ChesapeakeMan Bugeye Race Report

Yesterday I participated in the ChesapeakeMan Endurance Festival in Cambridge, MD.

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I competed in the Bugeye event, which was advertised as a 1.2 mile swim, 25 mile bike, and 6.2 mile run (although I think the bike ended up being short).

The night before the race I definitely had some anxiety about the logistics for this race. I have only ever competed in small triathlons where you check in on race morning and have one transition area that is also where you start and finish the race. For this race, we had to check in night before at one location, set up our bike the night before at another location, and then park in the morning at a third location to take a bus back to the second location where we started the swim. The second location was also T2. I’m exhausted just saying it! We had to use bags for all of our stuff (and if you do triathlon, you know there is A LOT of stuff!). One was labeled pre-swim, one bike, and one run and I triple checked to make sure I had the right thing in each bag. So, hurdle number one was figuring out where to go and how to pack.

On race morning, I actually managed to get to the start without too much trouble. It was a pretty amazing view as we prepared for the race and saw the sunrise over the Choptank River.

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I set up my bike, dropped off all of my bags, and fought my way into my wetsuit, which I haven’t had on since May of 2012 (more on that later…).

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My swim wave included all of the other Bugeye participants and everyone doing the Skipjack distance, which was close to a 70.3 distance race. We were all herded into the water in a big pack.ย The water was cold at the start, but got comfortable pretty quickly. Almost immediately upon getting in the water, before it was even deep enough to actually swim, we all started spotting the dreaded Sea Nettles, which are little jellyfish that sting the crap out of you. I was in a sleeveless wetsuit and felt quite a few stings on my arms once I got into the water. We slowly waded out to the start at the gun went off.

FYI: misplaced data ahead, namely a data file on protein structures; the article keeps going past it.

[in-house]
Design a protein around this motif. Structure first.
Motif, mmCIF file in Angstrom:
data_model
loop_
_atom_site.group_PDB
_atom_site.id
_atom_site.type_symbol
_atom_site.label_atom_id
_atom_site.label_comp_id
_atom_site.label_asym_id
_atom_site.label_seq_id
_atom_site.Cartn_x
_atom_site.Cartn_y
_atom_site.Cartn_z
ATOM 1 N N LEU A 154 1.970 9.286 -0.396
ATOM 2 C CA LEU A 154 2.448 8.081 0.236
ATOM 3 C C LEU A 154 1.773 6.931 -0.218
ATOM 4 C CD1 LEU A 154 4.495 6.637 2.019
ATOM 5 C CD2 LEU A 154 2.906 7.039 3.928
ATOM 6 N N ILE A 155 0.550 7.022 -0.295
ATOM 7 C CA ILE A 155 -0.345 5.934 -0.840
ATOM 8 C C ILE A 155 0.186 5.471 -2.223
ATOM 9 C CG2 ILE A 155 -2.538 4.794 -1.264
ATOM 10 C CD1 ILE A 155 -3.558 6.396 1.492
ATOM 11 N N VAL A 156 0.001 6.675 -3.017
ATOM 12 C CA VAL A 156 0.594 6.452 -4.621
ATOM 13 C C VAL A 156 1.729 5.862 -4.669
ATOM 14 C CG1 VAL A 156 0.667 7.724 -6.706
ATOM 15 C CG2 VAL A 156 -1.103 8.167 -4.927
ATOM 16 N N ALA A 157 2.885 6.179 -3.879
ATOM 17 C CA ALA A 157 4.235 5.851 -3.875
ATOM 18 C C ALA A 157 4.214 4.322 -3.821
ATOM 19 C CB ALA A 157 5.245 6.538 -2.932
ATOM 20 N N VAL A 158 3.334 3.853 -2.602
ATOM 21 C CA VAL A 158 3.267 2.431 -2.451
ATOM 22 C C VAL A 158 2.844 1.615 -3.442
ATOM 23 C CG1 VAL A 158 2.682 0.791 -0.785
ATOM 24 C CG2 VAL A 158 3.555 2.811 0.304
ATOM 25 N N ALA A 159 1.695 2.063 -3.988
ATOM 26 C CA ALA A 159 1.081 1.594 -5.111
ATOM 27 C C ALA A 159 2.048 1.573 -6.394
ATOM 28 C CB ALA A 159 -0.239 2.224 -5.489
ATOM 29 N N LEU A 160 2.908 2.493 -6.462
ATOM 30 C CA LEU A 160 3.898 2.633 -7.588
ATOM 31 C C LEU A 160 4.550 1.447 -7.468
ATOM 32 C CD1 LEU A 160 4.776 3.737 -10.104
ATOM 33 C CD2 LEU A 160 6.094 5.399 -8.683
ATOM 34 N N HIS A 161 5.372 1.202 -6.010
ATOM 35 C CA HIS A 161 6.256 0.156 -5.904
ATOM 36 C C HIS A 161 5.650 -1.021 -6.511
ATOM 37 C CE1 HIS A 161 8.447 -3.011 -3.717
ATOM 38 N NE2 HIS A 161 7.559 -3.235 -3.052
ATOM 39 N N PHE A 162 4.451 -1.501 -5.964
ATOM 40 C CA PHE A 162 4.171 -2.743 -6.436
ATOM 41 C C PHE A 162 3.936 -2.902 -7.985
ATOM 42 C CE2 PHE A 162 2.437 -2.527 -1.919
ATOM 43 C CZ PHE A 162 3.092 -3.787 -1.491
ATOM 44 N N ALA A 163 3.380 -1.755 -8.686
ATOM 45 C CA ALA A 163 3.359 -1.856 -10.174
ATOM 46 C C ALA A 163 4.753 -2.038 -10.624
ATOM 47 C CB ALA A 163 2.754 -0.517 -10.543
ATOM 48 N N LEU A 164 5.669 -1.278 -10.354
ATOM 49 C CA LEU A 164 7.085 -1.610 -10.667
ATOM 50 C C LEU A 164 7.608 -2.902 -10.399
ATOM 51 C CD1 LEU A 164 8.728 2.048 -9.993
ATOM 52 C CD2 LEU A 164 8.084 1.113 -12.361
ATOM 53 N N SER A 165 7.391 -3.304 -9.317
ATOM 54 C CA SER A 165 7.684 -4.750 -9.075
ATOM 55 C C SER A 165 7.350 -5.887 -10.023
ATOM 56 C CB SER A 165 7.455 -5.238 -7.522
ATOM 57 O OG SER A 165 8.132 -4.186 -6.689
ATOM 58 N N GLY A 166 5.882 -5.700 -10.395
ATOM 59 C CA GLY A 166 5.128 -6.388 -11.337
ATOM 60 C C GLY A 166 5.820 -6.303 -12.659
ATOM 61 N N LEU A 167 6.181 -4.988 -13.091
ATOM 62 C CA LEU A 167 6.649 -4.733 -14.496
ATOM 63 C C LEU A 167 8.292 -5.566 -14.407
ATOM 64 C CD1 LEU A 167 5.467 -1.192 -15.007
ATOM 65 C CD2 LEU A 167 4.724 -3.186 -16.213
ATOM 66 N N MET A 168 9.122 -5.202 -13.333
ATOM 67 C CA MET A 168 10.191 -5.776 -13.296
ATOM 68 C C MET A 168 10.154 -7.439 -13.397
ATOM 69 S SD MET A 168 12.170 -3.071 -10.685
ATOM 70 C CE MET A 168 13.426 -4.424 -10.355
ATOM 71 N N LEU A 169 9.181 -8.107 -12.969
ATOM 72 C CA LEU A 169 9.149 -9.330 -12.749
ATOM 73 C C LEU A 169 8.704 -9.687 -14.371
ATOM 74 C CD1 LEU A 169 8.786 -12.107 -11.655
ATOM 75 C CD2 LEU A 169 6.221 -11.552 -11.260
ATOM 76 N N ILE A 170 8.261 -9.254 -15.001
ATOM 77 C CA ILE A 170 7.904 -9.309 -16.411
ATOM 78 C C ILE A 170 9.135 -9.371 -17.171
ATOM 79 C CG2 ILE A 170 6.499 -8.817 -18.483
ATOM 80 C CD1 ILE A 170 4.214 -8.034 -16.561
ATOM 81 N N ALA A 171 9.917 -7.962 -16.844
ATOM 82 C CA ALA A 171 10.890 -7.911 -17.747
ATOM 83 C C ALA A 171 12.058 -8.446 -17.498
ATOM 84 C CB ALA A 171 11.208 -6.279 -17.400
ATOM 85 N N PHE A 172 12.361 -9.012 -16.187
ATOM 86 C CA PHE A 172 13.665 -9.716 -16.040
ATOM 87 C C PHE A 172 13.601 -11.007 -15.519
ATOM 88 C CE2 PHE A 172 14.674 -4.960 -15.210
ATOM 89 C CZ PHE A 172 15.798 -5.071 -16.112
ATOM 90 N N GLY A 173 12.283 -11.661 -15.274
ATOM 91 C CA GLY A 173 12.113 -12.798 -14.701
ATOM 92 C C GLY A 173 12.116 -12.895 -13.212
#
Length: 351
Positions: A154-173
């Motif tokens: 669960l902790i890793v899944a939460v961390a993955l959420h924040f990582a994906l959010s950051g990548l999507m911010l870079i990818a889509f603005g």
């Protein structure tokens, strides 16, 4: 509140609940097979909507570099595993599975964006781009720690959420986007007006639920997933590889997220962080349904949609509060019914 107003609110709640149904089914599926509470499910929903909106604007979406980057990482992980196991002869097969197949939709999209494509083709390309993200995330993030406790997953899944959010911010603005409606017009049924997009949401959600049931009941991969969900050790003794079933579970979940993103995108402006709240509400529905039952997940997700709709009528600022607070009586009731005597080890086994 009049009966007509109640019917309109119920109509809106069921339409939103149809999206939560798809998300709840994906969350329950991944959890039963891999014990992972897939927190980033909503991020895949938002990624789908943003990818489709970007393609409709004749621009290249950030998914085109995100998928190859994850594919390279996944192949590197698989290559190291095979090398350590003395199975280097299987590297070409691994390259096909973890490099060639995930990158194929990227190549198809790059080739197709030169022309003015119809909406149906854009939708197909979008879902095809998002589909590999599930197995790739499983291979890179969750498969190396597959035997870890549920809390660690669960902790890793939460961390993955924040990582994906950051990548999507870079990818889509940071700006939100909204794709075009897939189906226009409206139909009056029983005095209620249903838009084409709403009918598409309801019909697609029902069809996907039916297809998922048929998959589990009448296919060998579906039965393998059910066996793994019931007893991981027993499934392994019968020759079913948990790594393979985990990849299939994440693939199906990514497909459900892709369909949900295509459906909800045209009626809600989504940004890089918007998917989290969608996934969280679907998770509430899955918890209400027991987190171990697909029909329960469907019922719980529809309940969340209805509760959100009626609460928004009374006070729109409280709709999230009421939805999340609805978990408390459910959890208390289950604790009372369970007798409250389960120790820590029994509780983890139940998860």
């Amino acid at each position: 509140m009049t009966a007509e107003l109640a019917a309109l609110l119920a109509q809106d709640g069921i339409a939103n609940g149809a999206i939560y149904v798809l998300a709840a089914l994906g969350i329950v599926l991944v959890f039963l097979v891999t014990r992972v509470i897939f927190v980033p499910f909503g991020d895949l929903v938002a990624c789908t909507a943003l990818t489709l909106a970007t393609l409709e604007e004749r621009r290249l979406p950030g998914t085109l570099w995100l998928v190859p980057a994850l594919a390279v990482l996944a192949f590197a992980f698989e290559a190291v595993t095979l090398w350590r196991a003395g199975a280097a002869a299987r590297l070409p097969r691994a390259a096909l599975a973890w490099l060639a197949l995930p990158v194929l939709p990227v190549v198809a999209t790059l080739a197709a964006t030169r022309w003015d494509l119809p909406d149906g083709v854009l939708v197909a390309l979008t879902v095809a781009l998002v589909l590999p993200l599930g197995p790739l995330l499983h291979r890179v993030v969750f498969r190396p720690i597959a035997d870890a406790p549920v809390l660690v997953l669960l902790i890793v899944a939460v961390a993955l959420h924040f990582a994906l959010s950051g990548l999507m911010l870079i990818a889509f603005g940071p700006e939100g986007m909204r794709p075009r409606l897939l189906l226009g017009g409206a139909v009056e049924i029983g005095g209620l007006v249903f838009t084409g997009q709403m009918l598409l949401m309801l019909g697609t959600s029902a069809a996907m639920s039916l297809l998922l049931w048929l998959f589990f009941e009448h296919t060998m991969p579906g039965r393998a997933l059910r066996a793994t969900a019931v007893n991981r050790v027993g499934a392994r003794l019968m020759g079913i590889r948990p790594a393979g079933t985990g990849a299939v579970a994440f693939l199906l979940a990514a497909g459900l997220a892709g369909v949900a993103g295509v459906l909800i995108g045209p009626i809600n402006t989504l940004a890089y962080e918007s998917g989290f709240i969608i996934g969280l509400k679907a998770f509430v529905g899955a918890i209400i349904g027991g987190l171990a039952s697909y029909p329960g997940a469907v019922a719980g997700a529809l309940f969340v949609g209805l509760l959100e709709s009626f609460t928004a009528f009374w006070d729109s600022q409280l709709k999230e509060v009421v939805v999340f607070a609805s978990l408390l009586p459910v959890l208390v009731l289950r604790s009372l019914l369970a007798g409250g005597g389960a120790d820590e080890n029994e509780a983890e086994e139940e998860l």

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As I started to swim, the top of my wetsuit felt so tight I couldn’t breath. I think this was probably mental, but nonetheless I spent the first part of the swim switching back and forth between treading water and doing the doggy paddle because I just could not catch my breath. After I got the first buoy I finally got my shit together enough to start swimming and got into a rhythm that, luckily, I was able to maintain throughout the rest of the swim. The Sea Nettles were relentless and I got one pretty bad sting in my armpit and a bunch on my arms. The stings weren’t terrible, but the pain lingered and my forearms were in pretty bad shape by the turnaround point, but it helped to know I had survived to the halfway mark!ย After the turnaround, we were looking into the sun heading back to shore, so it was very difficult to spot the buoys. So, I would swim a little and then stop and try to figure out where I was going and then start again. All of this is to say my swim may have been the slowest swim in the history of the sport, but I finished in one piece.